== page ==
We did not perform stratification analyses by anatomical sites for our genome-wide GxE interaction analysis because the association of CRC with alcohol consumption (S7 Table) and smoking [23] did not vary according to anatomical site within the large bowel. Although we did observe potential interactions for alcohol consumption, we did not observe statistical evidence for genome-wide SNP x smoking interactions. This may be because smoking has a weaker association with CRC compared with alcohol intake [24, 26, 67], so we may have been underpowered even with more than 10,000 cases and 10,000 controls. We also may not have properly captured the most relevant smoking variables, such as duration of smoking or time since quitting smoking. The association between smoking and CRC risk are strongest for tumors that display certain molecular features such as microsatellite instability (MSI)-high and CpG island methylator phenotype (CIMP)-positive [68, 69]. Because of the lack of MSI or CIMP data in several studies, we cannot perform stratification analysis by tumor characteristics for smoking-related analyses.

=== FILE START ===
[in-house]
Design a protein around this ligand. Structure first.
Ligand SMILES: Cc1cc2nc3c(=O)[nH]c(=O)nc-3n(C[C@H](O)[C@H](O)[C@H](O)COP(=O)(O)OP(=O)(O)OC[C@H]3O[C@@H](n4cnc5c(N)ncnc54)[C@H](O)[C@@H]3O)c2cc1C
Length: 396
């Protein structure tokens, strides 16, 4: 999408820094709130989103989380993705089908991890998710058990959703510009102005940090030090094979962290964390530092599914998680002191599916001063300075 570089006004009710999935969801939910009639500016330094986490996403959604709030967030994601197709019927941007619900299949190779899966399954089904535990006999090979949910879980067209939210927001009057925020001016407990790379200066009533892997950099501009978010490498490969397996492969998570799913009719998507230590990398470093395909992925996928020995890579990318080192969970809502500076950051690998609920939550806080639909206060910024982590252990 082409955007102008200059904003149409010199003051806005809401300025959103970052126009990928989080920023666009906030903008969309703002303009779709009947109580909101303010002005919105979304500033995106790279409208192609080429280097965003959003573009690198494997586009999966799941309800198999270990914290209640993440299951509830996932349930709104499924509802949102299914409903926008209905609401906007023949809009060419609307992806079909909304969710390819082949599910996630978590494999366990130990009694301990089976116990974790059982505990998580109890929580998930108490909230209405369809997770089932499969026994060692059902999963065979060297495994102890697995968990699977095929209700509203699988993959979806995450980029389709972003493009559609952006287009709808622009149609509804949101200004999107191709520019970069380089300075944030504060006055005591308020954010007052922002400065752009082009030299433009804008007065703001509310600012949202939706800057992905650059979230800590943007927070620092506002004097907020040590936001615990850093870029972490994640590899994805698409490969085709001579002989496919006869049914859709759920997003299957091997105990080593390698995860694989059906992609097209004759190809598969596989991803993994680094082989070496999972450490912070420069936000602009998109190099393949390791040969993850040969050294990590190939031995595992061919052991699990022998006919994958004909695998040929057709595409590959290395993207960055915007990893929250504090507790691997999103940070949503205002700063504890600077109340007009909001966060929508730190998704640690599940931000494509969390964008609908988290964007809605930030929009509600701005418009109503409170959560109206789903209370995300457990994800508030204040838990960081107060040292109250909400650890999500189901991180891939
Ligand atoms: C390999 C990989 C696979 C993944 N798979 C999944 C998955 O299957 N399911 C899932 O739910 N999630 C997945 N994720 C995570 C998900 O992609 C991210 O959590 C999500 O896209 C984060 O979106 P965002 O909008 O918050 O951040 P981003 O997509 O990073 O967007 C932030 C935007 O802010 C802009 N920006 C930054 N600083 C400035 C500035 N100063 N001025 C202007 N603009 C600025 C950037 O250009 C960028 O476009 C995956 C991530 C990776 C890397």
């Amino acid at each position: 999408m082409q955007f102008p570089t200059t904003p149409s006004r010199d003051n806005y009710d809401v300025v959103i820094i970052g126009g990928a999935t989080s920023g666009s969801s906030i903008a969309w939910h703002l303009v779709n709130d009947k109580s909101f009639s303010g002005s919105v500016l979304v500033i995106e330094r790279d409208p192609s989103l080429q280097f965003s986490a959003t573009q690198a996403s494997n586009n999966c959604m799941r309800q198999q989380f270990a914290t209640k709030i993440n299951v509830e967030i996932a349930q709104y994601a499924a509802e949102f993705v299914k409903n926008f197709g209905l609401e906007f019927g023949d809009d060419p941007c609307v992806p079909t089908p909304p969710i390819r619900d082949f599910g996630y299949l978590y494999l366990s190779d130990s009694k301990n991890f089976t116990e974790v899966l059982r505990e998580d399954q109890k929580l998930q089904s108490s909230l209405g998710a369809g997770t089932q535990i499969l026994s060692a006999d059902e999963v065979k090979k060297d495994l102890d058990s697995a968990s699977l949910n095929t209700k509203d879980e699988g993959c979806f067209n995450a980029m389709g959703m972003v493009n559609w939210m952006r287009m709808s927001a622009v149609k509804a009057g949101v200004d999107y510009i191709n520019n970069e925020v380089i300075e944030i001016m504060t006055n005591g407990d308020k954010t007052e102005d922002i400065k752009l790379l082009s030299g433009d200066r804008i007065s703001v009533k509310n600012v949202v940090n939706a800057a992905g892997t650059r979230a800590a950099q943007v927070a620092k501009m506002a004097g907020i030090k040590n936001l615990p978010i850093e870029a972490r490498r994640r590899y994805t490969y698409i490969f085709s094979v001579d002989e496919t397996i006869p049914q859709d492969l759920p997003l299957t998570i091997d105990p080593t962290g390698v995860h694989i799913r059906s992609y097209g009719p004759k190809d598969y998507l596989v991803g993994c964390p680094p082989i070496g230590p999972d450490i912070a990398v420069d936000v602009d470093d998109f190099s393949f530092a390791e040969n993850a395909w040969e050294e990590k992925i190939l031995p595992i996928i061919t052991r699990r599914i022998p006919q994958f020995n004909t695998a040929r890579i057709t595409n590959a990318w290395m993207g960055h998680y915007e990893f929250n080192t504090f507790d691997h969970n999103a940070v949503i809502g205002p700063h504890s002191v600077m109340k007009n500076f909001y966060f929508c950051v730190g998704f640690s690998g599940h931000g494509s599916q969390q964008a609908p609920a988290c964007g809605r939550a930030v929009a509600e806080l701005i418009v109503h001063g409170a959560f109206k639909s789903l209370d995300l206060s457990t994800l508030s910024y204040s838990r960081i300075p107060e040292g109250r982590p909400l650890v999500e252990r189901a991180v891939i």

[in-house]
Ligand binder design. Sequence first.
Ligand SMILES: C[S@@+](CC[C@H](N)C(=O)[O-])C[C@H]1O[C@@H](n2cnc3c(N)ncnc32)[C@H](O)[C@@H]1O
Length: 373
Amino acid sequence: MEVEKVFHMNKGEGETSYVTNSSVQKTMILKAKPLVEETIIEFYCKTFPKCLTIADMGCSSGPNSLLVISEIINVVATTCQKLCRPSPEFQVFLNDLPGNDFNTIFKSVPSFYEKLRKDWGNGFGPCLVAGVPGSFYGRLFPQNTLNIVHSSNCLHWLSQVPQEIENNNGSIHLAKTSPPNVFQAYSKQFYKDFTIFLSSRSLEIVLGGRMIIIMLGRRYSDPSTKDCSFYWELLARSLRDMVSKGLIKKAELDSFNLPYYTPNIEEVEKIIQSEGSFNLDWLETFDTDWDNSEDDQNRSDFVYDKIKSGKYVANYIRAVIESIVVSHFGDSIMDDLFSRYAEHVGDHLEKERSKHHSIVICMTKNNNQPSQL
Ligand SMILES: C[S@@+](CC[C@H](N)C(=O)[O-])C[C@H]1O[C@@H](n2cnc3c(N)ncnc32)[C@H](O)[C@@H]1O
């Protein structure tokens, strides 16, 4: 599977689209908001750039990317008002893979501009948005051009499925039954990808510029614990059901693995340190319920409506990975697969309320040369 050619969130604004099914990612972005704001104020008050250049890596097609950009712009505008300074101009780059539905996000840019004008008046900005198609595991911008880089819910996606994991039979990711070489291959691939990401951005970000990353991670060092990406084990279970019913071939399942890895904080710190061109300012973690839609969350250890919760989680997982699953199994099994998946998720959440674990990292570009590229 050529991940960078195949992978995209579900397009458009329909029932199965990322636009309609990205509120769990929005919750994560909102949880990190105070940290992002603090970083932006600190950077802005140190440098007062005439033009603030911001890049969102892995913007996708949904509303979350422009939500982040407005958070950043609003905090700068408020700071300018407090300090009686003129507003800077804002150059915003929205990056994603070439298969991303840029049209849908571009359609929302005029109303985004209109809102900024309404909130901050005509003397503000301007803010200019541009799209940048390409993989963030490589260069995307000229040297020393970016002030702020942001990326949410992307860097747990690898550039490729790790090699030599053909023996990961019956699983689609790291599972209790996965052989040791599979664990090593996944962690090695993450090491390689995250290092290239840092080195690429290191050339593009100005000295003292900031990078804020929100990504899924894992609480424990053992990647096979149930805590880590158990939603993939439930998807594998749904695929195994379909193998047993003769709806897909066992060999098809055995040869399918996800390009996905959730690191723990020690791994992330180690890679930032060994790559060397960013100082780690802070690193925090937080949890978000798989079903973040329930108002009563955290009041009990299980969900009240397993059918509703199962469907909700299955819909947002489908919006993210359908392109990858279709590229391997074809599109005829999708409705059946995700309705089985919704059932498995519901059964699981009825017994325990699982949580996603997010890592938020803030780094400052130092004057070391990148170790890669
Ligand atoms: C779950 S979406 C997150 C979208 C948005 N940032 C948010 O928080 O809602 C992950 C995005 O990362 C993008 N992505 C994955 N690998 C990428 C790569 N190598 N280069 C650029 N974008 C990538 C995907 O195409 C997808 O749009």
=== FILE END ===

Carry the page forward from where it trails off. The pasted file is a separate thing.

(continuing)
We note that it would be too early to make any recommendation on alcohol intake from our findings even after independent replication given that such recommendation need to be considered in context of the effect of alcohol on all diseases. Furthermore, it will be important to investigate the interactions between alcohol and genetic variants in larger studies to comprehensively evaluate the full impact of genetic variation on the effect of alcohol on colorectal cancer risk.

In summary, we identified a tentative novel interaction for CRC risk between alcohol intake and variants at 9q22.32/HIATL1. Further replication and functional studies are required to confirm our findings and understand the biologic implications of the interaction. This, in turn, could provide further insight into CRC etiology and may identify potentially susceptible subpopulations.

Materials and Methods

Ethics statement